As healthcare costs continue to rise, already burdened hospitals and providers likely will shift more of those costs onto private insurers, a trend made clear by the latest Healthcare Economic Indices released by Standard & Poor's this week.
The average cost of healthcare services covered by private insurance companies increased by 7.48 percent for the year ending June 2011. By comparison, the average cost of services covered by Medicare increased only 2.5 percent for that same time period.
Why is it that the cost of services covered by private insurers so much higher? David Blitzer, chairman of the index committee at S&P Indices, told Reuters that it could depend on cost calculations by providers. Specifically, hospitals looking to recoup costs for utilities such as heating or electricity could calculate higher rates for private insurers, considering Medicare reimbursement rates are lower.
"With June's data, we saw general acceleration in the annual growth rates of healthcare costs primarily led by medical costs funded by commercial insurance plans," Blitzer said in a statement. "The Medicare Index, on the other hand, was down 0.18 percentage points from its May 2011 annual rate and recorded its lowest annual growth rate in its more than six-year history."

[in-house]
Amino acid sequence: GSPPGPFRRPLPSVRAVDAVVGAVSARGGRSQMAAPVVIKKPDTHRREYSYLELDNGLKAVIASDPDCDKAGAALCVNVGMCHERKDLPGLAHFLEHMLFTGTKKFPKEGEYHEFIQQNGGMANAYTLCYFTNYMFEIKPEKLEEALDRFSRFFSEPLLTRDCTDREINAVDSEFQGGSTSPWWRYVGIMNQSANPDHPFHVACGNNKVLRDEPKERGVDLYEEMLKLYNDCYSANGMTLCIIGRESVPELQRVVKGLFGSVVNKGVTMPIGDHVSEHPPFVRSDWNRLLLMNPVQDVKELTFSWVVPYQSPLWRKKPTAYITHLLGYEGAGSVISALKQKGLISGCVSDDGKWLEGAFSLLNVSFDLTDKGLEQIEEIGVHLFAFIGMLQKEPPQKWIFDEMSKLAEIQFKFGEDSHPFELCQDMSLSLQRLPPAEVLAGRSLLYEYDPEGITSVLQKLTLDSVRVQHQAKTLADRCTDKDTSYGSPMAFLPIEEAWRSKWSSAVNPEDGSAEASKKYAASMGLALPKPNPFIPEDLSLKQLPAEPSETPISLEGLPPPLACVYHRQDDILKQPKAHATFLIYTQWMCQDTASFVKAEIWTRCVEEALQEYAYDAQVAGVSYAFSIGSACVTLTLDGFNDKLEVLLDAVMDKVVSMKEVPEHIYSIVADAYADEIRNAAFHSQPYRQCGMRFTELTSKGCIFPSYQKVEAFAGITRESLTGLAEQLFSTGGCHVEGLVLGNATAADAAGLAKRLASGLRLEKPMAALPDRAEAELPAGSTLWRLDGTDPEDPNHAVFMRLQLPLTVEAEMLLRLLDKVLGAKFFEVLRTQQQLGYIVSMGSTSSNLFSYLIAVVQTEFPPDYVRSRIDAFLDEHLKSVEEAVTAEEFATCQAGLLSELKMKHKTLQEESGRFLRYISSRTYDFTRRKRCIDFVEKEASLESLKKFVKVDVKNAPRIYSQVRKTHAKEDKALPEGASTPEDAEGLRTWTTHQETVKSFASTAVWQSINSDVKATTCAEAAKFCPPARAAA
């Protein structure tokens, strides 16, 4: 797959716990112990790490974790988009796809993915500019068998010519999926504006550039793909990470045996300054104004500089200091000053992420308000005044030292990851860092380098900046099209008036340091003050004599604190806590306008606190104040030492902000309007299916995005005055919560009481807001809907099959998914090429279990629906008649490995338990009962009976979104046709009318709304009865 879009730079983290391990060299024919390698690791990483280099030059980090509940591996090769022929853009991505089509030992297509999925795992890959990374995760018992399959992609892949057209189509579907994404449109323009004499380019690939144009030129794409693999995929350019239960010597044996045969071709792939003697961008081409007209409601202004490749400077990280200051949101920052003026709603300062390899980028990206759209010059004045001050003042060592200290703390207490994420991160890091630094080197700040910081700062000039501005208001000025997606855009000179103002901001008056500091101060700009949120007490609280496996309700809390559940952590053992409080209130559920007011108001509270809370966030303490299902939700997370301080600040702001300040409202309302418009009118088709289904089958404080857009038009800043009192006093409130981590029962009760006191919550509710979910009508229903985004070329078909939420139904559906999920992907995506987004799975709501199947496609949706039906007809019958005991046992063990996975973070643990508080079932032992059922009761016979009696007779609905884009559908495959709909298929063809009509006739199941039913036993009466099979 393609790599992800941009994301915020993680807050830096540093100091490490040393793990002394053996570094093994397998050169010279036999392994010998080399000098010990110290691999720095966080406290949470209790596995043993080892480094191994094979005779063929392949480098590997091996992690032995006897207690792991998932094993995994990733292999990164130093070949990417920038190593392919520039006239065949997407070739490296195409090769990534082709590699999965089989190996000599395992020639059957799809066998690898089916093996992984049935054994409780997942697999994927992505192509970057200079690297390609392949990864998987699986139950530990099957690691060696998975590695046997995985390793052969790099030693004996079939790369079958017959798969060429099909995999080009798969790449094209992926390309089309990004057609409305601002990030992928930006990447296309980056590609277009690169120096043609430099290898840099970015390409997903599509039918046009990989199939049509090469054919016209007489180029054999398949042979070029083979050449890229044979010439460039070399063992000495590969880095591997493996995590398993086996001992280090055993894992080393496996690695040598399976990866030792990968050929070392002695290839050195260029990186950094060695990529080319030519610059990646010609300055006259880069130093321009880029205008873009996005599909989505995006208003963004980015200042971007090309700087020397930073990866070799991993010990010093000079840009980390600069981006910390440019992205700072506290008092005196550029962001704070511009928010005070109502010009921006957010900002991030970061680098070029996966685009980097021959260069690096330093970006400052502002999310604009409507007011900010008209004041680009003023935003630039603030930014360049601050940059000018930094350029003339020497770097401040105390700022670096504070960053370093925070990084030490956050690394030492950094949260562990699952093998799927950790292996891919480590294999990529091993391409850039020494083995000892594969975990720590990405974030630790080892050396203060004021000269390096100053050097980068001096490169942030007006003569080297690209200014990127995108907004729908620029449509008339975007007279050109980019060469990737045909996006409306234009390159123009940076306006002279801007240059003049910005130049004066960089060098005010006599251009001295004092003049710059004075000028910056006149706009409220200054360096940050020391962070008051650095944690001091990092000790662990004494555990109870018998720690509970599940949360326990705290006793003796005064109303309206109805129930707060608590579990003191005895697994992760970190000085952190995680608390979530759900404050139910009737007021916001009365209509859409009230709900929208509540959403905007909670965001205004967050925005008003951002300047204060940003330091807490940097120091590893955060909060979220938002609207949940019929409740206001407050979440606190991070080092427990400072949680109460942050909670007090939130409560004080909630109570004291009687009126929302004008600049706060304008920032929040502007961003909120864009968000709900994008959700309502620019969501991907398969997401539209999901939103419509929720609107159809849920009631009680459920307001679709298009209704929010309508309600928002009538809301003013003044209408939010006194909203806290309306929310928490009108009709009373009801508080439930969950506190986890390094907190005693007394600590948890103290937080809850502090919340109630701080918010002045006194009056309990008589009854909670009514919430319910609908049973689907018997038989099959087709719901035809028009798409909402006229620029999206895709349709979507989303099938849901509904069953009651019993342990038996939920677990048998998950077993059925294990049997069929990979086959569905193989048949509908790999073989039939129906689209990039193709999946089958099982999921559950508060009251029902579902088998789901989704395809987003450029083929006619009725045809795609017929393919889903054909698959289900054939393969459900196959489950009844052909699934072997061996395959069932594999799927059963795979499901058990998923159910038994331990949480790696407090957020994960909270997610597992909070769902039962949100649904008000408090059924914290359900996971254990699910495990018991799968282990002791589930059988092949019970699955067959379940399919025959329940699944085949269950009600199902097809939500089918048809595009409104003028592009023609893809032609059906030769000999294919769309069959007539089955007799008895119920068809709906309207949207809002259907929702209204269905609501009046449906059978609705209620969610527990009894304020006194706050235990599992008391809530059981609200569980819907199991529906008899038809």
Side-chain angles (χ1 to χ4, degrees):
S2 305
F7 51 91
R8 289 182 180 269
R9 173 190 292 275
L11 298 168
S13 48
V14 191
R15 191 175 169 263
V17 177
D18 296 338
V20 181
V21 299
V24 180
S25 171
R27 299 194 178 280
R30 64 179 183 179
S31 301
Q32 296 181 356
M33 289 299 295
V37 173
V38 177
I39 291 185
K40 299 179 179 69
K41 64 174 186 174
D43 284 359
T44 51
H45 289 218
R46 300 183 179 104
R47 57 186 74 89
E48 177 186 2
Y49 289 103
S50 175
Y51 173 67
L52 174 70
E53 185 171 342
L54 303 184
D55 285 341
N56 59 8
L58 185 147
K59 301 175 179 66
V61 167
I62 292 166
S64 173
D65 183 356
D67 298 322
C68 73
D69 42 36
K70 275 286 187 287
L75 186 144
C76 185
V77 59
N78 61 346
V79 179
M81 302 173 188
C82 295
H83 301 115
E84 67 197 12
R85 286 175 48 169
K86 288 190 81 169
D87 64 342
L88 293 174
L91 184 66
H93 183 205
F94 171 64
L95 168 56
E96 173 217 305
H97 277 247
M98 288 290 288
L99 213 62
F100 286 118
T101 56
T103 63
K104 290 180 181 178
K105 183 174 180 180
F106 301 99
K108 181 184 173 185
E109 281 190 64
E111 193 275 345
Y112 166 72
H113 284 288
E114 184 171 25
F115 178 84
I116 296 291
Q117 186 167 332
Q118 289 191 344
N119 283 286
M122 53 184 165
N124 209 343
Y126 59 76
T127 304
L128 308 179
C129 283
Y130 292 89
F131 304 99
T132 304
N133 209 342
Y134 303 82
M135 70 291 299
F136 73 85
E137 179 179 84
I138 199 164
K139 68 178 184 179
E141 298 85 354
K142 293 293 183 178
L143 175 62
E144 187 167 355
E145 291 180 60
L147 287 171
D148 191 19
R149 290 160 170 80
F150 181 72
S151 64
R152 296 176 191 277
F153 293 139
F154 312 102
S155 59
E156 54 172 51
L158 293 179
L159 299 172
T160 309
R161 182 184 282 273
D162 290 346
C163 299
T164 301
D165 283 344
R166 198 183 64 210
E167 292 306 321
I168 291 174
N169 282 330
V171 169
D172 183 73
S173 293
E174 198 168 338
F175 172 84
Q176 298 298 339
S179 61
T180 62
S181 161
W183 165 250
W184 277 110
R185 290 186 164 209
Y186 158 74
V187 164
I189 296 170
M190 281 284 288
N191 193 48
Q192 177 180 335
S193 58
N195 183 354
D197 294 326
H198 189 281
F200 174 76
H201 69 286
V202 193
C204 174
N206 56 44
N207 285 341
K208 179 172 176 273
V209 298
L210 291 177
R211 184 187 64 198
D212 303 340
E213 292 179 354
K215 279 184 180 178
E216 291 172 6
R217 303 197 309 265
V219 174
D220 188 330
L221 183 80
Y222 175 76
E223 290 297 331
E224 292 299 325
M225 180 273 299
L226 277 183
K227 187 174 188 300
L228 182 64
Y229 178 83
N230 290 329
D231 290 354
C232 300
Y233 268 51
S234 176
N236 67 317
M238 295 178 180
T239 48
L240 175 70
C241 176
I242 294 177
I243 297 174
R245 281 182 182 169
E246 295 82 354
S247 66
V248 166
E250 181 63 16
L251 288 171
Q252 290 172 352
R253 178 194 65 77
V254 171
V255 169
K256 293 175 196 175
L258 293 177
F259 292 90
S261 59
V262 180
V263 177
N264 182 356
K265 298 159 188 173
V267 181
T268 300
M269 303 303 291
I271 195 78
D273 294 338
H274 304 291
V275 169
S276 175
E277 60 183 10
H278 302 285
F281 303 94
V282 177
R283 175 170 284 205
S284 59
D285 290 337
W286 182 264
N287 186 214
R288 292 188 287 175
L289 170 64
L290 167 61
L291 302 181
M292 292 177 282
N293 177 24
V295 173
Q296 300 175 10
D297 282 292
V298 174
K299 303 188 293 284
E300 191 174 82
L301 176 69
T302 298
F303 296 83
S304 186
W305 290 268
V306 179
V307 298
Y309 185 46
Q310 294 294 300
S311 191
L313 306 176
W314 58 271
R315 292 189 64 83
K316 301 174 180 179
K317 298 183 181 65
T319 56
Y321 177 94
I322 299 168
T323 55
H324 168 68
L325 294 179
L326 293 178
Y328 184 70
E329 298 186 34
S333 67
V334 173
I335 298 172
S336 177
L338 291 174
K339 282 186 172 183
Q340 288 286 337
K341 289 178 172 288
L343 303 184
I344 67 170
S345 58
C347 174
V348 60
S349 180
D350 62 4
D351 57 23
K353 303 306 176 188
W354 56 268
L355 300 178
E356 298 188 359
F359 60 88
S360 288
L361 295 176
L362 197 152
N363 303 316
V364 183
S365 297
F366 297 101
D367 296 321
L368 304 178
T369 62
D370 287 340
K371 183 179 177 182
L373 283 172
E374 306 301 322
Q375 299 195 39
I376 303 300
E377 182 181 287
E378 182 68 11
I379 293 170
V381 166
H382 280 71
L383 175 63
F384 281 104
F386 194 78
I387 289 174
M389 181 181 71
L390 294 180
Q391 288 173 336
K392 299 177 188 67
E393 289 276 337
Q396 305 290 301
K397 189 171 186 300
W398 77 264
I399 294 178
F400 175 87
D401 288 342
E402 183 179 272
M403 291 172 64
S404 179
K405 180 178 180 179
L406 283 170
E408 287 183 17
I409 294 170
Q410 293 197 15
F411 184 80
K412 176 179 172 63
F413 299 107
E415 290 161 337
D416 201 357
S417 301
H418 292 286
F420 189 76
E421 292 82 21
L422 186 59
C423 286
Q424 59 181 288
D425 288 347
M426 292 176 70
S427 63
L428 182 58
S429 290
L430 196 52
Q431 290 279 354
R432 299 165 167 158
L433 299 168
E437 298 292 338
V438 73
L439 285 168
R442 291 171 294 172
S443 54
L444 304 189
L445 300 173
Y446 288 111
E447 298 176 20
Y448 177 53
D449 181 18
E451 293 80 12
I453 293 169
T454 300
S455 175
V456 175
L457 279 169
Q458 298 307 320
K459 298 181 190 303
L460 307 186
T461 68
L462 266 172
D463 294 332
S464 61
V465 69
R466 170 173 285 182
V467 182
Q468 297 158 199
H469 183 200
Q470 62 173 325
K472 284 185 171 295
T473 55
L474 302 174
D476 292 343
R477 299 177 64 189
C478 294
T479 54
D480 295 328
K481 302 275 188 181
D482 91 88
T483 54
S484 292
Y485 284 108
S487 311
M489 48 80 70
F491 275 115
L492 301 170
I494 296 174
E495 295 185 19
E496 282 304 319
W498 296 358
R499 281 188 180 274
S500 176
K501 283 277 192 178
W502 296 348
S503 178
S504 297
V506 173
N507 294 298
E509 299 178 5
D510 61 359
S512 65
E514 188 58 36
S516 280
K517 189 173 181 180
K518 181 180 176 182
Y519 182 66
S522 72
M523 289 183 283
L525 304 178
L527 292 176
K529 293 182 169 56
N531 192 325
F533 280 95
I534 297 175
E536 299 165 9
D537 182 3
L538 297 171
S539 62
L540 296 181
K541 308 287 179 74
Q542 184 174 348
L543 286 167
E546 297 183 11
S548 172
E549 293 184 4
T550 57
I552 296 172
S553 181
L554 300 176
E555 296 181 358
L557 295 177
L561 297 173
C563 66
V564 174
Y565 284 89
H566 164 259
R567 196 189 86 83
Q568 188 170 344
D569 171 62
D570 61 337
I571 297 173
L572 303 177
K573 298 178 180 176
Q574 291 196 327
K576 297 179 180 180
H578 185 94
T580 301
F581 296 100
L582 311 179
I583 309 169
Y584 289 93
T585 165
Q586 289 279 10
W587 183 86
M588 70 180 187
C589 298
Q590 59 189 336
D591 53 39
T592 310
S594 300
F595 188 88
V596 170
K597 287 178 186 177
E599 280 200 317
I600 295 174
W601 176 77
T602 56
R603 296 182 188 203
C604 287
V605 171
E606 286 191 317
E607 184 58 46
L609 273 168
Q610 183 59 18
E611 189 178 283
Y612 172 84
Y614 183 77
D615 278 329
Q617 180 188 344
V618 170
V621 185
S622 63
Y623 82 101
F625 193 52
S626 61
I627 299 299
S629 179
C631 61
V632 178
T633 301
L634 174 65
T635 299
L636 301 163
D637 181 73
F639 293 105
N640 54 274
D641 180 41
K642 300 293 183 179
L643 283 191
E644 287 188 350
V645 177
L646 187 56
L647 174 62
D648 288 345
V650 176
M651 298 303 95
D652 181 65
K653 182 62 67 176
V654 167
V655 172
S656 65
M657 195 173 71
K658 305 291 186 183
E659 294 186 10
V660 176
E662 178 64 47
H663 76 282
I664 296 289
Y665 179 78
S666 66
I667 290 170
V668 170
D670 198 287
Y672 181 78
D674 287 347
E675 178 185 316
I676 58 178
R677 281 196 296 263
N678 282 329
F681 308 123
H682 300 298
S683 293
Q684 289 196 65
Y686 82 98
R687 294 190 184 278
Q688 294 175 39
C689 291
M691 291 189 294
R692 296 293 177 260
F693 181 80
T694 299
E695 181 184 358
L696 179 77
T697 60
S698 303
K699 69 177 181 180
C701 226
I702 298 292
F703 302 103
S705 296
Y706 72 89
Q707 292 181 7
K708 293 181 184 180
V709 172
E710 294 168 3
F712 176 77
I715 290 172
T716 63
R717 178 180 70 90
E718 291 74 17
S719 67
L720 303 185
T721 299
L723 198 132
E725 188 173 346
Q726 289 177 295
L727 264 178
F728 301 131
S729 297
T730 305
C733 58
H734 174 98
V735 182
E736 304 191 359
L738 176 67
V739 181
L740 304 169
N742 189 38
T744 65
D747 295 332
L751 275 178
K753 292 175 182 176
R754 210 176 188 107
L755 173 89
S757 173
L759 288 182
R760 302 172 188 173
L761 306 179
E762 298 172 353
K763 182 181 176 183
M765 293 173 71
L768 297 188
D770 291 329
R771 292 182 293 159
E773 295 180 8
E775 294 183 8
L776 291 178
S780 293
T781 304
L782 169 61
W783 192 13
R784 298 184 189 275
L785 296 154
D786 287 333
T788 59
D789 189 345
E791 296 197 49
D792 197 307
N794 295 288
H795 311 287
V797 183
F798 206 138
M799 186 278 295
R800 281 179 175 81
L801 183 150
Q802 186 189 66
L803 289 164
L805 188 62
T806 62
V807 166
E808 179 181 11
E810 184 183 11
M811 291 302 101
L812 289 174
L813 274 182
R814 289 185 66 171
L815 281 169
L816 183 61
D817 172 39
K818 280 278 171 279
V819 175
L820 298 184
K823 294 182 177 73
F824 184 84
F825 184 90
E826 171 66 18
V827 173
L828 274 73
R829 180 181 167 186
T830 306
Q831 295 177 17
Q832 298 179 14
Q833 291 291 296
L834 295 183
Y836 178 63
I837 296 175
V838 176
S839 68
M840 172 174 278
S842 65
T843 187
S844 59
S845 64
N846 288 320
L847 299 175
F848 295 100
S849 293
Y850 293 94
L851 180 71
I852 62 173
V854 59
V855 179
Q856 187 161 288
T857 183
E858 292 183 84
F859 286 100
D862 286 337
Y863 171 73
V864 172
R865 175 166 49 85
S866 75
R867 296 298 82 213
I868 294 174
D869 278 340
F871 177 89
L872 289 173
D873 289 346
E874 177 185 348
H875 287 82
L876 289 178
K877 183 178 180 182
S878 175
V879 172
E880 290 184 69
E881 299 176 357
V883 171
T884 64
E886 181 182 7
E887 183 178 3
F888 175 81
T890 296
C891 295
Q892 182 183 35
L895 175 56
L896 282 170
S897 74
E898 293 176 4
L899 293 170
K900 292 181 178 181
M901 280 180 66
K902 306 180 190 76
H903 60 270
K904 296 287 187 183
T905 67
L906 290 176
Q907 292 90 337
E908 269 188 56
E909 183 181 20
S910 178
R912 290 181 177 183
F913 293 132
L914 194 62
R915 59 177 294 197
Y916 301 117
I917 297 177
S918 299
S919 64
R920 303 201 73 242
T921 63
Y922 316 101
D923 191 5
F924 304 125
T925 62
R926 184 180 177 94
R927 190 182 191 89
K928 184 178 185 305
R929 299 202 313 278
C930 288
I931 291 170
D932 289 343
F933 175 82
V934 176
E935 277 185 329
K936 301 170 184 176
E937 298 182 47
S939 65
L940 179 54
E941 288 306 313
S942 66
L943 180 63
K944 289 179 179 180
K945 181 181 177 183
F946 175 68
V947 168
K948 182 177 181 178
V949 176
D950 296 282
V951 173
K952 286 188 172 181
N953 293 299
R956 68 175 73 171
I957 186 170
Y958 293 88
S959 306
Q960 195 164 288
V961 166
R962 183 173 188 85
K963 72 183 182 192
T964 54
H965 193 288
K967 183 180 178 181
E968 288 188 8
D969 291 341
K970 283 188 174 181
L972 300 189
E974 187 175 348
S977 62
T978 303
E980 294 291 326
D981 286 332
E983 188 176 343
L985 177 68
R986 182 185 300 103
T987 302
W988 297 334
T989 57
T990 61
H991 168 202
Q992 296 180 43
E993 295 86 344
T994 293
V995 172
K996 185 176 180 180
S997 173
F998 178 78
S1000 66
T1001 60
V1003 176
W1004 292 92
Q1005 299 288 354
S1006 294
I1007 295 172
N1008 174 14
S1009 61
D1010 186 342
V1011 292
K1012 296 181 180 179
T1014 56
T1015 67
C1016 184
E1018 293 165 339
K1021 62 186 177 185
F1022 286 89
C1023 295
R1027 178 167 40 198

Ultimately, those costs are passed along to employers, who then pass them along to workers through plans, such as coinsurance, in which patients pay a percentage of their total healthcare costs. According to The Hill's Healthwatch Blog, employers are moving away from health plans that utilize copays, which require employees and patients to pay only a fixed amount for healthcare services.
To learn more:
- read this S&P Indices announcement
- check out this Reuters article
- read this post from The Hill's Healthwatch Blog
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